I recently wrote a brief diary on DailyKos about this, regarding several people who called in on the Repub line on CSPAN's Washington Journal to express their disgust with the GOP over this issue. I regularly watch this show, and have been noting how more and more callers who call in on the Repub line are getting fed up with the GOP over this and other issues. They might not yet be calling themselves Dems--that's too much to expect of longtime Repubs--but they're clearly rejecting Repub values and policies in favor of ones that are clearly progressive, even if they don't refer to them as such.

A transformation is taking place, I believe, in the national consensus, not only on the big issues of our day, but in how Americans are viewing and thinking about these issues, and how to deal with them. The small government, low taxes, erosion of entitlements, militaristic, free trade, etc., conservative ideology made popular by Reagan and revived by Gingrich and then Bush II, is being widely rejected by Americans, who are coming back to embracing what can only be called a progressive (or New Deal Liberal) ideology--or rather approach to government, since ideology has become such a loaded term. And SCHIP is helping move this transformation along, as have Iraq, Katrina, Schiavo, illegal surveillance, torture, the failures of Greenspan's policies, etc.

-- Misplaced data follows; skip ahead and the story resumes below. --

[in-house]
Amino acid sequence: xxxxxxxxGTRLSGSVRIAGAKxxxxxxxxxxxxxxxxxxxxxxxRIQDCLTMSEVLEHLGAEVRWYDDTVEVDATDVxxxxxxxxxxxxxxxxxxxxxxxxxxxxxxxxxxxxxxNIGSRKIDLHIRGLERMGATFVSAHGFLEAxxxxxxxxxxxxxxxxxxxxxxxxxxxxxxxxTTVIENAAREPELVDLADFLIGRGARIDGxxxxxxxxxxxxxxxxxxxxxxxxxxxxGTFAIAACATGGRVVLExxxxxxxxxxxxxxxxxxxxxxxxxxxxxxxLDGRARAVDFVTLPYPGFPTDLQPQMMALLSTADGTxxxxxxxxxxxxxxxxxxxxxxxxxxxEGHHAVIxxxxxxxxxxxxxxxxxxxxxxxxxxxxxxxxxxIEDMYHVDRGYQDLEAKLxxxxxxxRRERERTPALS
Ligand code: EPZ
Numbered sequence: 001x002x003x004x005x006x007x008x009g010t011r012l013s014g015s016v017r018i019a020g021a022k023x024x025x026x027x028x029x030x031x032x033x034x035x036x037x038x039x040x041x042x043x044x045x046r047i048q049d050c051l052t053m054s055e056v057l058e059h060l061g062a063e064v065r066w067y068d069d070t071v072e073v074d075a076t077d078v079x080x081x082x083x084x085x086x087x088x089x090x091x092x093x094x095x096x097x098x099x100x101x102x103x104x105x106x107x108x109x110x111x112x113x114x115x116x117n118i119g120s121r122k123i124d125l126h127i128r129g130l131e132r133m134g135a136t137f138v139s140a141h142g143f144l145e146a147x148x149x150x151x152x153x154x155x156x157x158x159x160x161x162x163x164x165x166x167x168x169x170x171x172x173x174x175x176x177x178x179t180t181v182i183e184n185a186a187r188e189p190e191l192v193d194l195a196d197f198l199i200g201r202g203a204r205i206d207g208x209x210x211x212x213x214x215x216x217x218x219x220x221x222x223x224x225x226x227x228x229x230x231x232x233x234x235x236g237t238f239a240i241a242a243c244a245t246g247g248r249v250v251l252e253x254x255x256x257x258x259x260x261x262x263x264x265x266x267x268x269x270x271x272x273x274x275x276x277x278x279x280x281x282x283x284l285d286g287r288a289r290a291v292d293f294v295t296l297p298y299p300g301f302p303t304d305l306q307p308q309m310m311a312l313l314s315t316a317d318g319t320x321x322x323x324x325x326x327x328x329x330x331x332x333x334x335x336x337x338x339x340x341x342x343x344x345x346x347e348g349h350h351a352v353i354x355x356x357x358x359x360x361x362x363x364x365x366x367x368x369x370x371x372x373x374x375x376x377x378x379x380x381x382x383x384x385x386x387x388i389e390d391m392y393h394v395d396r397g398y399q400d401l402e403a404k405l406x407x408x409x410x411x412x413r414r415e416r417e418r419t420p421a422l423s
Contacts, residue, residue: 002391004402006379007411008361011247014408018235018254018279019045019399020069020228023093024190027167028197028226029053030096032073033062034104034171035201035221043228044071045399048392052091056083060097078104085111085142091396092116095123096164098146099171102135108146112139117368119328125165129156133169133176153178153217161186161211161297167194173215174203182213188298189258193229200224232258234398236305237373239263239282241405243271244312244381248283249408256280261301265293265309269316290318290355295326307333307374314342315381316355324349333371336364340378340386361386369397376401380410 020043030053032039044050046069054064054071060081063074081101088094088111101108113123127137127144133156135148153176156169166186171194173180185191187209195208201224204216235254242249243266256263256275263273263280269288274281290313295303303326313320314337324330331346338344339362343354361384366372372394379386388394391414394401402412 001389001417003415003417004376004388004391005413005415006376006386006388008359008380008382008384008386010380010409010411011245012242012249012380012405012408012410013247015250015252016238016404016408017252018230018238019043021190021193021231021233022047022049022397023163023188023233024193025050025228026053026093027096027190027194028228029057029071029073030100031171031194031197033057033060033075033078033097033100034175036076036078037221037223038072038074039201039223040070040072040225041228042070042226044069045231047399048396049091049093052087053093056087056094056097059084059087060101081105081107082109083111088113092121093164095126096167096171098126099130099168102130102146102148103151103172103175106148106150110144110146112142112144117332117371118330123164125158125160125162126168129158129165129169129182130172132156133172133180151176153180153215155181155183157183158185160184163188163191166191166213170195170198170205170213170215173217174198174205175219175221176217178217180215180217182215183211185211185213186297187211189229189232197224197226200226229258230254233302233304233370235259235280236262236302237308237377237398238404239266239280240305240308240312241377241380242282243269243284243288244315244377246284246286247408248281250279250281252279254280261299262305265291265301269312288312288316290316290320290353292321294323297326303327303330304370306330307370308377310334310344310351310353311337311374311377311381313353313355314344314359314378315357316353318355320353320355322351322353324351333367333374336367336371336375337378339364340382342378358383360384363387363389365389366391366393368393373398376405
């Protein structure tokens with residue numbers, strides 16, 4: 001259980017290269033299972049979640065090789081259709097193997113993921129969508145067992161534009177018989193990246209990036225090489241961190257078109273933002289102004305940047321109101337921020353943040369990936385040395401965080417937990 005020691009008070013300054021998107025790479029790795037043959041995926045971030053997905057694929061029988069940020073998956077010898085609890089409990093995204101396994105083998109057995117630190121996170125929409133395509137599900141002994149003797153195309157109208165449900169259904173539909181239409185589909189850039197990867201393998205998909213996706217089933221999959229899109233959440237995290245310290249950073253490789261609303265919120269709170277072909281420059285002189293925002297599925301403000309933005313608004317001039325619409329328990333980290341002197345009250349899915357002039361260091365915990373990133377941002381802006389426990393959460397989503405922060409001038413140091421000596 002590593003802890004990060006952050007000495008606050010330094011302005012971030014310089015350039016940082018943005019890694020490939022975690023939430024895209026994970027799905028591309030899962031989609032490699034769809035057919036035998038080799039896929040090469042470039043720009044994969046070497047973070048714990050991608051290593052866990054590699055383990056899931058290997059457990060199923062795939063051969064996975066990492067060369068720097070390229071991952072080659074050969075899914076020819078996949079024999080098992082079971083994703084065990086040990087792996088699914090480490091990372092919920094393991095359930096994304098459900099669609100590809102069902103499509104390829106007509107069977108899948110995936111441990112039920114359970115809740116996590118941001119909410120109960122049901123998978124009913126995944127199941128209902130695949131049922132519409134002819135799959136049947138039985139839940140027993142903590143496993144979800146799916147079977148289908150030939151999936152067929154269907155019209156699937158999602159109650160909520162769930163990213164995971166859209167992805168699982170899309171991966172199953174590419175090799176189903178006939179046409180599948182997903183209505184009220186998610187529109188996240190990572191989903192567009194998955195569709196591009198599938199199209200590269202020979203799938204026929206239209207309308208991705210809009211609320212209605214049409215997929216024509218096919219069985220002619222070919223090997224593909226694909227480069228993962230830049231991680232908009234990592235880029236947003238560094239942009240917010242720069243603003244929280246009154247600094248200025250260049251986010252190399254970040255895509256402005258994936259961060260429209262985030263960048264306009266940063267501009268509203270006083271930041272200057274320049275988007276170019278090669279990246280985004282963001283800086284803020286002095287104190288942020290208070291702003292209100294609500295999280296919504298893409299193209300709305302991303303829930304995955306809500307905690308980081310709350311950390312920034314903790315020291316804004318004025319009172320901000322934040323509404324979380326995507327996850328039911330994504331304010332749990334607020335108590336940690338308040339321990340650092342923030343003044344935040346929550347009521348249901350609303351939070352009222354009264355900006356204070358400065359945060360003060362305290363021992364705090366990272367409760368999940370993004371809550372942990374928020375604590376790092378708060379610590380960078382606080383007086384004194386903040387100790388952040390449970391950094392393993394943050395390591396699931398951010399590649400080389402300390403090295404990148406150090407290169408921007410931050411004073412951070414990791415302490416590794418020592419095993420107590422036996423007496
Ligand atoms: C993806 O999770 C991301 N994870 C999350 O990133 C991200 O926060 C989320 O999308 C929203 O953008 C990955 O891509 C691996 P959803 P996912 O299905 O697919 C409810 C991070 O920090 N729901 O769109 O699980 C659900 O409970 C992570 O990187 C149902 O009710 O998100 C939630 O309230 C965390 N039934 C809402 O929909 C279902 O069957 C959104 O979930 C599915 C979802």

And if Dems don't fully exploit this--in a serious, ethical way--then god help them.

"Those who stand for nothing fall for anything...Mankind are forever destined to be the dupes of bold & cunning imposture" -- Alexander Hamilton


No. Gawd help us if they don't... (4.00 / 1)
...exploit this.

[ Parent ]
Amen (0.00 / 0)
I keep trying to convince myself that maybe they're just going through a difficult learning process, as they figure out one, how to be an effective governing majority, and two, that they are ultimately answerable to their constituents as well as to their biggest donors.

Should we pack them box lunches as they go to school on our dime?

"Those who stand for nothing fall for anything...Mankind are forever destined to be the dupes of bold & cunning imposture" -- Alexander Hamilton


[ Parent ]